Nehemiah Grew wrote Letter L-075 of 1678-10-13 to Leeuwenhoek that Letter L-073 about male sperm and female ovulation in humans would be printed "as far as decency permits"

October 13, 1678

This letter is known only by reference in other letters.

In this letter, Nehemiah Grew writes that the observations in L.’s Letter L-073 of 31 May 1678 were welcome to the Royal Society and that some would be printed, “as far as decency permits”. Grew also told L. that he had given the Letter L-074 of 27 September 1678 to the translator and promised to send Philosophical Transactions nos. 139 and 140, which had a description of a foetus found outside the mother’s womb as well as a dropsical testicle of a woman.

Grew’s previous letter to Leeuwenhoek is Letter L-071 of 20 April 1678. The letters to Grew that L. refers to in the present letter are Leeuwenhoek’s replies, Letter L-073 of 31 May 1678, about male sperm and female ovulation, and Letter L-074 of 28 September 1678, about the effects of sun on skin, sweat pores, globules in saliva and their relationship to the globules in blood, and a parasitic grass-rust affecting meadows outside Delft. Both letters are in Collected Letters, vol. 2.

The present letter is Grew’s last known letter to Leeuwenhoek, although Leeuwenhoek would send three more letters to Grew in response to his request in Letter L-066 of 11 January 1678, that L. investigate sperm in a variety of animals. The letter that the Royal Society never received, Letter L-078 of 21 February 1679 refutes the opinion that living organisms occur in blood or saliva and describes cod sperm. Letter L-080 of 25 April 1679 describes sperm in cod, pike, hare, cock and dog as well as calculates their numbers. Finally, in Letter L-087 of 13 June 1679, Leeuwenhoek asks Grew to acknowledge his letters of February and April. There is no record that he did so, but perhaps Robert Hooke’s lost Letter L-091 of August 1679, did it for him.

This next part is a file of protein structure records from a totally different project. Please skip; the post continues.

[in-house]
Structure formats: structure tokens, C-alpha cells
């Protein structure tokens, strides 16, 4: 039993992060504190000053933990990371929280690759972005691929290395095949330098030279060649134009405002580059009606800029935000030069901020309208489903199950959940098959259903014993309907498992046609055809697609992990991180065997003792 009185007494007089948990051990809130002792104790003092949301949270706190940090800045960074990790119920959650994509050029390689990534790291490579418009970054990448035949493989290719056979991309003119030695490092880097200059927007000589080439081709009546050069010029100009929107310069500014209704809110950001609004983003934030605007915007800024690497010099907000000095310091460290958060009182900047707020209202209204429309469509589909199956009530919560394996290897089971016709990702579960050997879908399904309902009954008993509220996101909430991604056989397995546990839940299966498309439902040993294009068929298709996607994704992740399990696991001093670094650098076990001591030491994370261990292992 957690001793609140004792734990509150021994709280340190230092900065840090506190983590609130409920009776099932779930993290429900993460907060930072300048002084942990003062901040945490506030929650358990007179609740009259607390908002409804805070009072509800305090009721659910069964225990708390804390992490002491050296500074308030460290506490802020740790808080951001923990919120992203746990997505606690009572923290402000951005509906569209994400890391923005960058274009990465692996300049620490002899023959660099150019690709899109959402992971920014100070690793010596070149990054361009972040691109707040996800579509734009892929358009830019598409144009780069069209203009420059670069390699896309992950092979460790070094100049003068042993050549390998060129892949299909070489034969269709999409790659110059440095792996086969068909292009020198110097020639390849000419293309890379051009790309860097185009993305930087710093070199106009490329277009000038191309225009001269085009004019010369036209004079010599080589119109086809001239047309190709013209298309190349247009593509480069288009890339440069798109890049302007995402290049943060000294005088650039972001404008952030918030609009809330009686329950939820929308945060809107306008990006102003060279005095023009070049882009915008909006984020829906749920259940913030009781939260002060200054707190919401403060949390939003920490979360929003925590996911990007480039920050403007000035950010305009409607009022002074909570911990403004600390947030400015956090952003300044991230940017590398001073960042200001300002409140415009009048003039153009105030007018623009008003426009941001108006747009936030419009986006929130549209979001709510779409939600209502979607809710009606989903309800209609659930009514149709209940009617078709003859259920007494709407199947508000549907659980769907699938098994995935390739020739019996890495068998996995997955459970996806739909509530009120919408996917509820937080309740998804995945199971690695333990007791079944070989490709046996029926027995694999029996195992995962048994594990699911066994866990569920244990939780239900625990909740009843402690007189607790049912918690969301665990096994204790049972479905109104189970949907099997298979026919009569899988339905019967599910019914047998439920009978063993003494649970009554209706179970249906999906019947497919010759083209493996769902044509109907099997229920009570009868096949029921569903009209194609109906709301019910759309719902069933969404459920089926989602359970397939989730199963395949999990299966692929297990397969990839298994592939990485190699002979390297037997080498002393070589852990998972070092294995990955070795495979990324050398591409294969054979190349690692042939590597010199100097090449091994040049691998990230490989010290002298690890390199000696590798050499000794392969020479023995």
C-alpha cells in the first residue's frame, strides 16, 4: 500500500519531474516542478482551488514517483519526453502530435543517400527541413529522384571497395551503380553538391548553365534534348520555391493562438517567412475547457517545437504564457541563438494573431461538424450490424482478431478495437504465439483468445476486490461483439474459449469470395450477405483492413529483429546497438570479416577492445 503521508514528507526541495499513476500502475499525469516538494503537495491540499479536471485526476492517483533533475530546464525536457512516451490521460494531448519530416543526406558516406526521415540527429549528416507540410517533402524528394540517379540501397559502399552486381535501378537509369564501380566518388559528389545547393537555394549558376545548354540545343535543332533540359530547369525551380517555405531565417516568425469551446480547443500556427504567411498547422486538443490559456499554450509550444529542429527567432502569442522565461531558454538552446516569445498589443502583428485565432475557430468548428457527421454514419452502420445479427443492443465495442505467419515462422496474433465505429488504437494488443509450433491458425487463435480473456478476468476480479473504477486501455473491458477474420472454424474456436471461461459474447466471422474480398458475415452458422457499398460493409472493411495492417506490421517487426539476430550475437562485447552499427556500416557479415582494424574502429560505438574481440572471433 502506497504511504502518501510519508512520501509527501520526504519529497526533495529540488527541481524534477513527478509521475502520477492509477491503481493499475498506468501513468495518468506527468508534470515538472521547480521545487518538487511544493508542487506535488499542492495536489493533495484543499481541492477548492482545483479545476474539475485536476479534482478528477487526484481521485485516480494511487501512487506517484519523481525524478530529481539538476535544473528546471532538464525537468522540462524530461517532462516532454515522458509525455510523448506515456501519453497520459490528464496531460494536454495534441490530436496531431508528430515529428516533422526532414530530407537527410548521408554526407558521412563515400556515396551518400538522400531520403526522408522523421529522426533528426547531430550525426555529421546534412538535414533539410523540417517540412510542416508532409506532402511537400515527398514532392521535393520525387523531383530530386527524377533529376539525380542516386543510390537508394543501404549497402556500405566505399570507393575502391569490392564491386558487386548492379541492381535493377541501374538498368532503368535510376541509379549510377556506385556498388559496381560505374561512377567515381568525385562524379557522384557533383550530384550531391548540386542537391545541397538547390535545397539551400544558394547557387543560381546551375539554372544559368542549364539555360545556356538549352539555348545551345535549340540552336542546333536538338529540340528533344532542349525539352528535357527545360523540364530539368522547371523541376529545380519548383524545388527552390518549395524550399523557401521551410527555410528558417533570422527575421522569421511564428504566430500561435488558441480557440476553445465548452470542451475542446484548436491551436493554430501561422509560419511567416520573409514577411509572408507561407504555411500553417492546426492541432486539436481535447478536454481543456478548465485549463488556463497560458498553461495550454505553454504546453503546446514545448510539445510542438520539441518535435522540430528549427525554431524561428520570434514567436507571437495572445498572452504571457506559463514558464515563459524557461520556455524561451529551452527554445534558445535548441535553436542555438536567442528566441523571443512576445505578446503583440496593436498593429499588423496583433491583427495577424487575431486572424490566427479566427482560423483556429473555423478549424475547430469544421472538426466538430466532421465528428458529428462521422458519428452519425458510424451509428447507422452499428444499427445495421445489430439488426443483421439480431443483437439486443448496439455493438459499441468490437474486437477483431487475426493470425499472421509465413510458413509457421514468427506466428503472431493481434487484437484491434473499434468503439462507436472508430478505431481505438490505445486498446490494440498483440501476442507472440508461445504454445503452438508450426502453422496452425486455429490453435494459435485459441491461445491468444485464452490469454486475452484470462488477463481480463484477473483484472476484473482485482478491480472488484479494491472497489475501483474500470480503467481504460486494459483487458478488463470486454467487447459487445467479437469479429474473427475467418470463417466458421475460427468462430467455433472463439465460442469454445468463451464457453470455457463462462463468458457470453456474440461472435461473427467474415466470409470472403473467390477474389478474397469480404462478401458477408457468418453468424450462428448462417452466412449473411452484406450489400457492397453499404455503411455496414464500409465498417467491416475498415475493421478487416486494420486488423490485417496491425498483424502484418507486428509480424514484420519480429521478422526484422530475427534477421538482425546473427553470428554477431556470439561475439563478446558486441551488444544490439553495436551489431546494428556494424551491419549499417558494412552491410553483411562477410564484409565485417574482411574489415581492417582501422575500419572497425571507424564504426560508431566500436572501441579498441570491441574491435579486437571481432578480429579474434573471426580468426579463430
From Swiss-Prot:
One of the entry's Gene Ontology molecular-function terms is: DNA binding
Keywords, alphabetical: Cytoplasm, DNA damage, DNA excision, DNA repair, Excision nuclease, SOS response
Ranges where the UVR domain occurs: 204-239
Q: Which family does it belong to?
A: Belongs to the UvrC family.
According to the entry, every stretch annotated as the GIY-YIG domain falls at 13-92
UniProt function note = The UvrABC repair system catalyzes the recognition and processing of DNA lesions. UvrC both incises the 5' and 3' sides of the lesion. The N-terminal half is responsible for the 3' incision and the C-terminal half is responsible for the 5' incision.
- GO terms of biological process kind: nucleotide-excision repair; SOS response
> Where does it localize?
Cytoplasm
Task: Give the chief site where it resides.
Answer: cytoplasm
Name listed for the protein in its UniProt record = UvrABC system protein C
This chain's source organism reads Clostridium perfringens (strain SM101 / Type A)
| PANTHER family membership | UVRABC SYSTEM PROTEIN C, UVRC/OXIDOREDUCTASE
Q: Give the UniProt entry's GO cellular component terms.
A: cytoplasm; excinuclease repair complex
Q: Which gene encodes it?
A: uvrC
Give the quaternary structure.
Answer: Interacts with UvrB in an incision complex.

In Leeuwenhoek’s Letter L-092 to Hooke of 13 October 1679, he writes:

I have sent three several [separate] letters to your colleague, Mr. Nehemiah Grew, without receiving a reply, to my great surprise. At one time I think the reason must be this gentleman’s many occupations, at another time I wonder whether illness may not be the cause, and then again I think the Royal Society may not have met. These ideas repeatedly entering my mind, I take the liberty to address this letter to you, requesting you to inform me whether my last letter, dated April 25th 1679, has come to hand.


Letter L-078 of 21 February 1679 to Nehemiah Grew:

I was glad to see from your kind and agreeable letter of October 3rd that my observations of May 31st were welcome to yourself and to the Royal Society, and that some of my observations, as far as decency permits, will be published. I am looking forward to that publication and also to Transactions Nos. 139 and 140, which you say contain a description of a foetus not found in the mother’s womb but in the membrane or suct, and also of a dropsical testicle of a woman.

Letter L-087 of 13 June 1679 to Nehemiah Grew

In your favour of October 3rd 1678 you say that two days before, you received my letter of September 28, and that you gave it to a translator, after which you would send me an answer and a few Transactions.